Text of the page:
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Should I Use My Insurance If the Other Person Was At Fault?

Sep 8, 2012
3 min read
Following an Ohio car crash involving injuries, many questions often arise. Who will pay for my bills? When will payment be made? What if the other person did not have insurance? And so on. One important consideration is the type of coverage you have through your own insurance carrier and whether or not such coverage should be used.
**Why Would I Want to Use My Insurance? The Other Guy Was At Fault! **
I often get puzzled looks from my clients when I advise them that they will want to use their own insurance following an accident. There is a common misconception and fear that using one’s own insurance will automatically raise one’s rates. This is untrue and contrary to Ohio law, as I will discuss below. There are two primary reasons one may want to use one’s own insurance even though he or she was not at fault for an accident.
First, the other driver may be underinsured or uninsured for the losses. This means that he or she either has no insurance or not enough to cover the other parties’ damages. If this is the case, one may want to utilize his or her underinsured/uninsured motorist coverage (UIM/UM).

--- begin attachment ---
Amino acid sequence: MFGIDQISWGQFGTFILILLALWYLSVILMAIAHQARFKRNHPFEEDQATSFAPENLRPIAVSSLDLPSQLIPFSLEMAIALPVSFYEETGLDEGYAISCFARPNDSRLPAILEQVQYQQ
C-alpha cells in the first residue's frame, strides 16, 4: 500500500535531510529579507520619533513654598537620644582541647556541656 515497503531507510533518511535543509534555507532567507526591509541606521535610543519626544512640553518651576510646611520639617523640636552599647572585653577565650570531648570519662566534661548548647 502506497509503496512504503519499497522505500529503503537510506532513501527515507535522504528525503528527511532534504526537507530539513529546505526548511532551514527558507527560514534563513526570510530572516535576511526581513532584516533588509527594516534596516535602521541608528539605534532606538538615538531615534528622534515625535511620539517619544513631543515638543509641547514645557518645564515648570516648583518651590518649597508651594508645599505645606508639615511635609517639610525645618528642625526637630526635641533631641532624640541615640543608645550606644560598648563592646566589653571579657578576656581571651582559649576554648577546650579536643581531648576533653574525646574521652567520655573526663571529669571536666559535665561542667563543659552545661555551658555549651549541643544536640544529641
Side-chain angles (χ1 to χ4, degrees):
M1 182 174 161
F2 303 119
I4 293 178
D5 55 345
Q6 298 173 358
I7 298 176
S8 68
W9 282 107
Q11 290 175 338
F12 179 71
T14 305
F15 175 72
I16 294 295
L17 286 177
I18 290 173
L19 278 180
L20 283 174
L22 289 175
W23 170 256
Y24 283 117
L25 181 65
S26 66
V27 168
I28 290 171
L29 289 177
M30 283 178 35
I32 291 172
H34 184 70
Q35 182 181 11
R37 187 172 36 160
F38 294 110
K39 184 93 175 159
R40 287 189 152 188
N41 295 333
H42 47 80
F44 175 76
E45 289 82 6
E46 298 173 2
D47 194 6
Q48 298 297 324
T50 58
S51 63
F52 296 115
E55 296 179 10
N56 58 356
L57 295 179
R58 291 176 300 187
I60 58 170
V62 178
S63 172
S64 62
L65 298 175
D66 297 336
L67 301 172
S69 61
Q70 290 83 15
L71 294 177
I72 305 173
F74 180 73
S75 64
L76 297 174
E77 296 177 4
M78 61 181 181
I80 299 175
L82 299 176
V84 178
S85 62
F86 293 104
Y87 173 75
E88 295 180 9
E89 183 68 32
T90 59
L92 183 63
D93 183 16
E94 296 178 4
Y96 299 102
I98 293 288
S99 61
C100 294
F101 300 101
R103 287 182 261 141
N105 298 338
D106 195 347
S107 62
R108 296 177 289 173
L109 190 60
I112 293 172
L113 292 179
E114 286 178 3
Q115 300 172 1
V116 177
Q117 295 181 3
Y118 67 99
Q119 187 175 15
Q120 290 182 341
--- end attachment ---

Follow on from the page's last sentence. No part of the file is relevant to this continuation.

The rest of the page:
Second, even if the at-fault driver has ample coverage, his or her carrier will not “pay as you go” through the process of incurring medical expenses. That is, the liability carrier will generally only tender one settlement check months, and sometimes years, after the accident. This can result in medical expense debt winding up in collections. So, one may want to utilize one’s “medical payments” or “Med-Pay” coverage to cover expenses that incur before settlement occurs.
**Does Ohio law Protect Me From My Insurance Company Raising My Rates? **
Yes. There are two primary laws at play here. First, under Ohio Revised Code Section 3937.22, an insurance company shall not “increase the cost of a private passenger automobile insurance policy based on the insured’s involvement in a single motor vehicle accident during the policy period” if two requirements are met: One, the insured is not the proximate cause of any loss, damage, injury, or death arising out of the accident. Two, the insured is not convicted of, nor pleads guilty nor no contest to, a violation of law as a result of the accident.
Second, under Ohio Revised Code Section 3939.23, an insurance company shall not increase the cost of an insurance policy where the insured is involved in an accident with an uninsured or underinsured motorist if the same two requirements referenced above are met.
If you have would like to discuss your insurance options with one of the experienced attorneys at McKenzie & Snyder LLP, use the form to the right or call [513-737-5180](#http://mckenzie-snyder.com/tel:513-737-5180)

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